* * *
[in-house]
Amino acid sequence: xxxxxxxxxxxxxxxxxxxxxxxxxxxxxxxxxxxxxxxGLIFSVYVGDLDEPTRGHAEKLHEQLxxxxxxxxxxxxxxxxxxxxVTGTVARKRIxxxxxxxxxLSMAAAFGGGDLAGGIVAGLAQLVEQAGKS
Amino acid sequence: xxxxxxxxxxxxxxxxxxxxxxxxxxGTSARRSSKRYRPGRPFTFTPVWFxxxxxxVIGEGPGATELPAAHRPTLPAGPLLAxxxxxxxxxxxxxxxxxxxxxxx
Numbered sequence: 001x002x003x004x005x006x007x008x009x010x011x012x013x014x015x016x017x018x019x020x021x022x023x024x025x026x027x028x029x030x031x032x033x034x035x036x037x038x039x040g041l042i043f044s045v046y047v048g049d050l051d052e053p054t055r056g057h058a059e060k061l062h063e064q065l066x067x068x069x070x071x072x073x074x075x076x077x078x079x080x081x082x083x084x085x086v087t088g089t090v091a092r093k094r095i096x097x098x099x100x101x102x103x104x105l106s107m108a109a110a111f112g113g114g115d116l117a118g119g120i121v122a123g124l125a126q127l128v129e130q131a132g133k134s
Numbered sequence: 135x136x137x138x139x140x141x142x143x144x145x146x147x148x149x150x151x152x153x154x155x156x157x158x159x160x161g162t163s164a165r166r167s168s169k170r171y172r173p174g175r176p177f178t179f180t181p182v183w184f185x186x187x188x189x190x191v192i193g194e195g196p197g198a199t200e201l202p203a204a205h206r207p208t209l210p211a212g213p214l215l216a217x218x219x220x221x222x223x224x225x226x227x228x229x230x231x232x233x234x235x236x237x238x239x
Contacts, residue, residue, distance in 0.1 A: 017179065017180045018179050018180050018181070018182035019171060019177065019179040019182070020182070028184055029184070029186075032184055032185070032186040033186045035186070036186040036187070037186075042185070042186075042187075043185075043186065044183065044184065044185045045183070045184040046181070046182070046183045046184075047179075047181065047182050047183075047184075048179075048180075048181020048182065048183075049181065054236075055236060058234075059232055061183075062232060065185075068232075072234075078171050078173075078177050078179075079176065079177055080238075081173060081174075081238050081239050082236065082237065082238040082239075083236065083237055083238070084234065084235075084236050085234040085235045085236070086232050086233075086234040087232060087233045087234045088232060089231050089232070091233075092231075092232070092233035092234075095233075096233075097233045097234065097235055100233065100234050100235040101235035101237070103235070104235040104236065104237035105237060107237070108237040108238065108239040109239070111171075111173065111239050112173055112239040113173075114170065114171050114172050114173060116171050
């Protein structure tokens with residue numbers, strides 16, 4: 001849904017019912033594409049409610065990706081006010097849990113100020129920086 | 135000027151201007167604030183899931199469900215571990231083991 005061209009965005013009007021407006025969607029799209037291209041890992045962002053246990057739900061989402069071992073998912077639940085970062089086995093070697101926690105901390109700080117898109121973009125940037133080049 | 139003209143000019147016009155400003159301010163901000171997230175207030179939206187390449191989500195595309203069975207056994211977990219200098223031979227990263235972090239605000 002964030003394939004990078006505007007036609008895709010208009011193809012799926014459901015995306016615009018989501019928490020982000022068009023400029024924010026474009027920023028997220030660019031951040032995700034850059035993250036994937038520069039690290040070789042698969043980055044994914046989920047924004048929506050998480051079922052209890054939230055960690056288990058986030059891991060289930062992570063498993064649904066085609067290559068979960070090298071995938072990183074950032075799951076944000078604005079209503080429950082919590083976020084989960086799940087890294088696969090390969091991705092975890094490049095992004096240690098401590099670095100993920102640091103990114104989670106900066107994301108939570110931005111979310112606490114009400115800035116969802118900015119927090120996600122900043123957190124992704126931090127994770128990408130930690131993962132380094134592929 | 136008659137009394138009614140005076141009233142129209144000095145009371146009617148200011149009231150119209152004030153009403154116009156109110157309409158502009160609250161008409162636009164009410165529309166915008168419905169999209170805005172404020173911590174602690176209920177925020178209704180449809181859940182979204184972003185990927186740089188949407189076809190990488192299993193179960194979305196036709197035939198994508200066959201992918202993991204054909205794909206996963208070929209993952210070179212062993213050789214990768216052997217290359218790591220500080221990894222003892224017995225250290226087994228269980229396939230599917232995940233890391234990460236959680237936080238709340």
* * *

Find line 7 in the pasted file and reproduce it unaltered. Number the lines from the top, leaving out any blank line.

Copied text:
């Protein structure tokens with residue numbers, strides 16, 4: 001849904017019912033594409049409610065990706081006010097849990113100020129920086 | 135000027151201007167604030183899931199469900215571990231083991 005061209009965005013009007021407006025969607029799209037291209041890992045962002053246990057739900061989402069071992073998912077639940085970062089086995093070697101926690105901390109700080117898109121973009125940037133080049 | 139003209143000019147016009155400003159301010163901000171997230175207030179939206187390449191989500195595309203069975207056994211977990219200098223031979227990263235972090239605000 002964030003394939004990078006505007007036609008895709010208009011193809012799926014459901015995306016615009018989501019928490020982000022068009023400029024924010026474009027920023028997220030660019031951040032995700034850059035993250036994937038520069039690290040070789042698969043980055044994914046989920047924004048929506050998480051079922052209890054939230055960690056288990058986030059891991060289930062992570063498993064649904066085609067290559068979960070090298071995938072990183074950032075799951076944000078604005079209503080429950082919590083976020084989960086799940087890294088696969090390969091991705092975890094490049095992004096240690098401590099670095100993920102640091103990114104989670106900066107994301108939570110931005111979310112606490114009400115800035116969802118900015119927090120996600122900043123957190124992704126931090127994770128990408130930690131993962132380094134592929 | 136008659137009394138009614140005076141009233142129209144000095145009371146009617148200011149009231150119209152004030153009403154116009156109110157309409158502009160609250161008409162636009164009410165529309166915008168419905169999209170805005172404020173911590174602690176209920177925020178209704180449809181859940182979204184972003185990927186740089188949407189076809190990488192299993193179960194979305196036709197035939198994508200066959201992918202993991204054909205794909206996963208070929209993952210070179212062993213050789214990768216052997217290359218790591220500080221990894222003892224017995225250290226087994228269980229396939230599917232995940233890391234990460236959680237936080238709340």